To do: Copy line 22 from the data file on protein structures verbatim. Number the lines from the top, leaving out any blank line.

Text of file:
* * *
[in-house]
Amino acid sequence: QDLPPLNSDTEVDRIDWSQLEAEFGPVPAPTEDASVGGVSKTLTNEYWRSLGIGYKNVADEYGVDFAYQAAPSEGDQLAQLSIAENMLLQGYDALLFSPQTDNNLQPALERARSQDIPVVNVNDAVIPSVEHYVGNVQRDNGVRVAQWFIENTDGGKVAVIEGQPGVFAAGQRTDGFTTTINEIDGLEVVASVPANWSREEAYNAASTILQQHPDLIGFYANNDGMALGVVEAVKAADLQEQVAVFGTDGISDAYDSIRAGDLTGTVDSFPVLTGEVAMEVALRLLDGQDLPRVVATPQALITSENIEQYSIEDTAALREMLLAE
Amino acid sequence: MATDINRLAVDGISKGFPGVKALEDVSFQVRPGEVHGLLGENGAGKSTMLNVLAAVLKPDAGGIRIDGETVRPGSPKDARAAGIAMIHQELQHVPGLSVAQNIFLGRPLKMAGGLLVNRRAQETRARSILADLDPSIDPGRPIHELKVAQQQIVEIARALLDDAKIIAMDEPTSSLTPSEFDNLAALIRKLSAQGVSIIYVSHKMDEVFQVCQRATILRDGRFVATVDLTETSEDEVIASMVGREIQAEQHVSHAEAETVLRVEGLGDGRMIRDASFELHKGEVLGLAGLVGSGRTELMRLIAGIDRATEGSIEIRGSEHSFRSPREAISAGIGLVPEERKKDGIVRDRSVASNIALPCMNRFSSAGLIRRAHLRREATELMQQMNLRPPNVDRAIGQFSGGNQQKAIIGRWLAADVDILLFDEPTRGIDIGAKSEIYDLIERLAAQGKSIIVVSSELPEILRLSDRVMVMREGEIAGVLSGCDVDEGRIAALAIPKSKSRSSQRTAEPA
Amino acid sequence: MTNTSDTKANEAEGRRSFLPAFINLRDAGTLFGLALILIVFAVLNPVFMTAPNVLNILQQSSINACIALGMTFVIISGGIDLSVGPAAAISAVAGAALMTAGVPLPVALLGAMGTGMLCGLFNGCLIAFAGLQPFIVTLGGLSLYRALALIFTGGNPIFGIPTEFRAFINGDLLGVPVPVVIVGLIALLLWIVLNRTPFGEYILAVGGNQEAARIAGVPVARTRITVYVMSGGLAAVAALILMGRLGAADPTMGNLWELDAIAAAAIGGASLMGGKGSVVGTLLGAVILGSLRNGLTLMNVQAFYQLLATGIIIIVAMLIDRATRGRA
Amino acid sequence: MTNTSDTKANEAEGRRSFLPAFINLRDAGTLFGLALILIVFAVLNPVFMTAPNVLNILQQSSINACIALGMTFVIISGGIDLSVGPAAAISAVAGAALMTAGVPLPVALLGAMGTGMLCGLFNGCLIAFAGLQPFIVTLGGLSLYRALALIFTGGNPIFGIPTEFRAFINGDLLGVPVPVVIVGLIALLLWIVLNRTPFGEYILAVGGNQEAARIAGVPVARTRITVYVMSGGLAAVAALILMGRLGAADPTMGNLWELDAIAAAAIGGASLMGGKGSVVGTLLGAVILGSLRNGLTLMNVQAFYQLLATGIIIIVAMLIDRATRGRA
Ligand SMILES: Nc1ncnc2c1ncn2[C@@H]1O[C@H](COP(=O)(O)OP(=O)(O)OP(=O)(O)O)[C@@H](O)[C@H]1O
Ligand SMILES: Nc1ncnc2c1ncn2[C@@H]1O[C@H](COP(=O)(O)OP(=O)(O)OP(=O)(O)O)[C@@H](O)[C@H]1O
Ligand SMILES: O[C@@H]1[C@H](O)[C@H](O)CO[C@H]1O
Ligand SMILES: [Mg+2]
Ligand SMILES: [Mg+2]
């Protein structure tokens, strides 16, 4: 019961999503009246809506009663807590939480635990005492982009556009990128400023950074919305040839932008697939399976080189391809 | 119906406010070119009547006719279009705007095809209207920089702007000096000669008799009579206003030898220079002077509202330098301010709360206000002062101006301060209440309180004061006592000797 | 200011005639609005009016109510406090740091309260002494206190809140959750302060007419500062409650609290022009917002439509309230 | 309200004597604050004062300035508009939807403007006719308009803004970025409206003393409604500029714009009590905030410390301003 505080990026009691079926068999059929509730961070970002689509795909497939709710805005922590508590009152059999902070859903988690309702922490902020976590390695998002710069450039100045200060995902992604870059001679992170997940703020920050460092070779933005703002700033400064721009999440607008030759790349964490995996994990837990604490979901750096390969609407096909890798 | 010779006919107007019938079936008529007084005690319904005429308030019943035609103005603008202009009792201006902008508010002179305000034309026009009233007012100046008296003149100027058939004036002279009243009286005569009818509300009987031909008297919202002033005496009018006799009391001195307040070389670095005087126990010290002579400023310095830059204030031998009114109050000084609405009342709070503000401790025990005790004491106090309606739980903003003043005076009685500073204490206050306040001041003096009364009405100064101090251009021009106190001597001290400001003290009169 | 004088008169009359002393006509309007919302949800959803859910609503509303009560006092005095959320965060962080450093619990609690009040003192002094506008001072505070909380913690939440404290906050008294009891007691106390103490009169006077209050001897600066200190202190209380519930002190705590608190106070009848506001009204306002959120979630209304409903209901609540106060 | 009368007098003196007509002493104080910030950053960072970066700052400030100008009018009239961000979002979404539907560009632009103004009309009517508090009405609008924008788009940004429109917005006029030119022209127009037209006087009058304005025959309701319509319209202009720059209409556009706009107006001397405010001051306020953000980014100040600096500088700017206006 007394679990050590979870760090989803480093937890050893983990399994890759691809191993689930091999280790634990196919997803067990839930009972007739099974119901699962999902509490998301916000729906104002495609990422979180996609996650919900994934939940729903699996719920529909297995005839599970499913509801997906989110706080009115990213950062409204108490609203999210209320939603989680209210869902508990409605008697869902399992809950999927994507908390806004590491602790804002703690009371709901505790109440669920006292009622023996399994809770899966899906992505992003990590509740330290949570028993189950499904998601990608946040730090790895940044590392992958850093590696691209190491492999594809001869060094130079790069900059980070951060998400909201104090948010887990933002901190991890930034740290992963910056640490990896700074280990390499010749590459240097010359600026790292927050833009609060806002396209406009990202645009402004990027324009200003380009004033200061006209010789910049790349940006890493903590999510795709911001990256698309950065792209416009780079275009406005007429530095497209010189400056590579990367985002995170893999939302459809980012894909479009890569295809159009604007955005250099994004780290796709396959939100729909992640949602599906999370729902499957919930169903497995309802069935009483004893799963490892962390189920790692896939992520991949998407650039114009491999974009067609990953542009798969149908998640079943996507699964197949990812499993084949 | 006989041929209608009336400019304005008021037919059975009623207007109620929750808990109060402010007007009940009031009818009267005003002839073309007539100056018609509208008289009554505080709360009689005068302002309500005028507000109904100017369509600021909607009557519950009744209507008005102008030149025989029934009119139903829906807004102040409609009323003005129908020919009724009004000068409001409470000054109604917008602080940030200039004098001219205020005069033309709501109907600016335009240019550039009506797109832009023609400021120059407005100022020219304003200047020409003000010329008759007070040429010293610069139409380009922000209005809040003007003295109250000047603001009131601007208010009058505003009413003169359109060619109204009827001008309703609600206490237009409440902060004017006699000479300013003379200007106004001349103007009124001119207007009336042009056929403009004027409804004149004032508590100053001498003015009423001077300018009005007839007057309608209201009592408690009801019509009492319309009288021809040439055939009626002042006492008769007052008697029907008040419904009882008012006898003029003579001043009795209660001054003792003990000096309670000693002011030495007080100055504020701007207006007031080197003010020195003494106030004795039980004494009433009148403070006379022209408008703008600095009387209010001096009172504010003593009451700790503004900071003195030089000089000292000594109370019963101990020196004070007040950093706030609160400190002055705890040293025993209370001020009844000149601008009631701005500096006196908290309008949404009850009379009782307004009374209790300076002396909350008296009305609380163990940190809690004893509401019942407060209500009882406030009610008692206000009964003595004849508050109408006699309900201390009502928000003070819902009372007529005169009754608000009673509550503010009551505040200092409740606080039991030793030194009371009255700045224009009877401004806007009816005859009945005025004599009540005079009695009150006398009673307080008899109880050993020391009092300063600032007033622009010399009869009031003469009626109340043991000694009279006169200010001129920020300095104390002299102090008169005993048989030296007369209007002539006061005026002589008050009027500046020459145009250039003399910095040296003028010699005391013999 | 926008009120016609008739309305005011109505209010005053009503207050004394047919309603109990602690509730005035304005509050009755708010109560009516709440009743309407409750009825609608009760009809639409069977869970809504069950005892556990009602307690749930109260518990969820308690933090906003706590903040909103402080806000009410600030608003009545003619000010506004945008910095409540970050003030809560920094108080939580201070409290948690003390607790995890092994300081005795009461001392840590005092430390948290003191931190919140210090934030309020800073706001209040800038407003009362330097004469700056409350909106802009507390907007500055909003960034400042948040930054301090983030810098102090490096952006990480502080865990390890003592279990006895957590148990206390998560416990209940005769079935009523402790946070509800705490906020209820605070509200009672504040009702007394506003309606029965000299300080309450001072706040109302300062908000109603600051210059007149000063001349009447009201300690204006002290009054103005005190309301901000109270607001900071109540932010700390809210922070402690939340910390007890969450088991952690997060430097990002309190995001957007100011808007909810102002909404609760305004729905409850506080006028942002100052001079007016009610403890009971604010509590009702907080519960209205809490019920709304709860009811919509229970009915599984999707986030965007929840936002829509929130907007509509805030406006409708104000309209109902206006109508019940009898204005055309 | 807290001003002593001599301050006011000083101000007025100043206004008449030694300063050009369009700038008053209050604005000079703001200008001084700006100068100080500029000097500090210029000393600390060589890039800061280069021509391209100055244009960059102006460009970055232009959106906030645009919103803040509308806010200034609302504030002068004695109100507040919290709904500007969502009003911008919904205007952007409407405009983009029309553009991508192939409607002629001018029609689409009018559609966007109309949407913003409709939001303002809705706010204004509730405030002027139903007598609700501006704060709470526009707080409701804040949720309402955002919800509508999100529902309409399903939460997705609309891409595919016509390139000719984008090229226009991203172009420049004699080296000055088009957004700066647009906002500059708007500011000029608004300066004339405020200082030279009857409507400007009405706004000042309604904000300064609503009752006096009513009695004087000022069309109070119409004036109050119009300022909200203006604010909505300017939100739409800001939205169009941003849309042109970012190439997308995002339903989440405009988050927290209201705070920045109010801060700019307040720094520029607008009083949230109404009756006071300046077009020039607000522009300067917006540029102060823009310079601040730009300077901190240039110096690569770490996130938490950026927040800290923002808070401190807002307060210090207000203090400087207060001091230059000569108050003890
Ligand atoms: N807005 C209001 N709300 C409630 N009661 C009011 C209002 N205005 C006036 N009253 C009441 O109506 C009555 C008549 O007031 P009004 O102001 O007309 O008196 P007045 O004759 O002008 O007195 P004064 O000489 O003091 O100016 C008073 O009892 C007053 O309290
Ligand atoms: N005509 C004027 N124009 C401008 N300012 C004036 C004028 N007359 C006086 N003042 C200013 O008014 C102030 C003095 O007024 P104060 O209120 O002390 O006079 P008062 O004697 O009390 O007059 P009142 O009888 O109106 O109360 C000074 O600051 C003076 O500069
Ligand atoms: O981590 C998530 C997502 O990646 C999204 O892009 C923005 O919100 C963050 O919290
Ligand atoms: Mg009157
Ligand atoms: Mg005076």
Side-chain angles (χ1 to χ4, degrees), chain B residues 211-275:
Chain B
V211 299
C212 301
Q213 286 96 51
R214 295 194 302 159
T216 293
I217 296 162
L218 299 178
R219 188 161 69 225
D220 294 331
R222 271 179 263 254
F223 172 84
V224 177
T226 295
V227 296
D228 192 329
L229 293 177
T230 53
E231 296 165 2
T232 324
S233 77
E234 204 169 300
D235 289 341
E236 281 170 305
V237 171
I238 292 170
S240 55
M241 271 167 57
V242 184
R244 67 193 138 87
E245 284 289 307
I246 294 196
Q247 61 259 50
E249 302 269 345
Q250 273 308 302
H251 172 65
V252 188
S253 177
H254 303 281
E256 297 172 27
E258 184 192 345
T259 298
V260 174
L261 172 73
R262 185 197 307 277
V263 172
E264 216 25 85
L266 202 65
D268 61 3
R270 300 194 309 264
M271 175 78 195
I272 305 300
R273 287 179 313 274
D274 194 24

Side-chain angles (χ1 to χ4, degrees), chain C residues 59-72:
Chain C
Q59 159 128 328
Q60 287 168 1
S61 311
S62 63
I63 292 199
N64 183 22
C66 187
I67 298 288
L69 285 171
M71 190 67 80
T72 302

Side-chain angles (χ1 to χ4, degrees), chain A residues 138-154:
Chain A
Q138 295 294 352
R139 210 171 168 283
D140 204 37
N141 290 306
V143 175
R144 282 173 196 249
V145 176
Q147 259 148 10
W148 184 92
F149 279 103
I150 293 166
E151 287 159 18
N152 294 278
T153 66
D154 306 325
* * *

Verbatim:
R214 295 194 302 159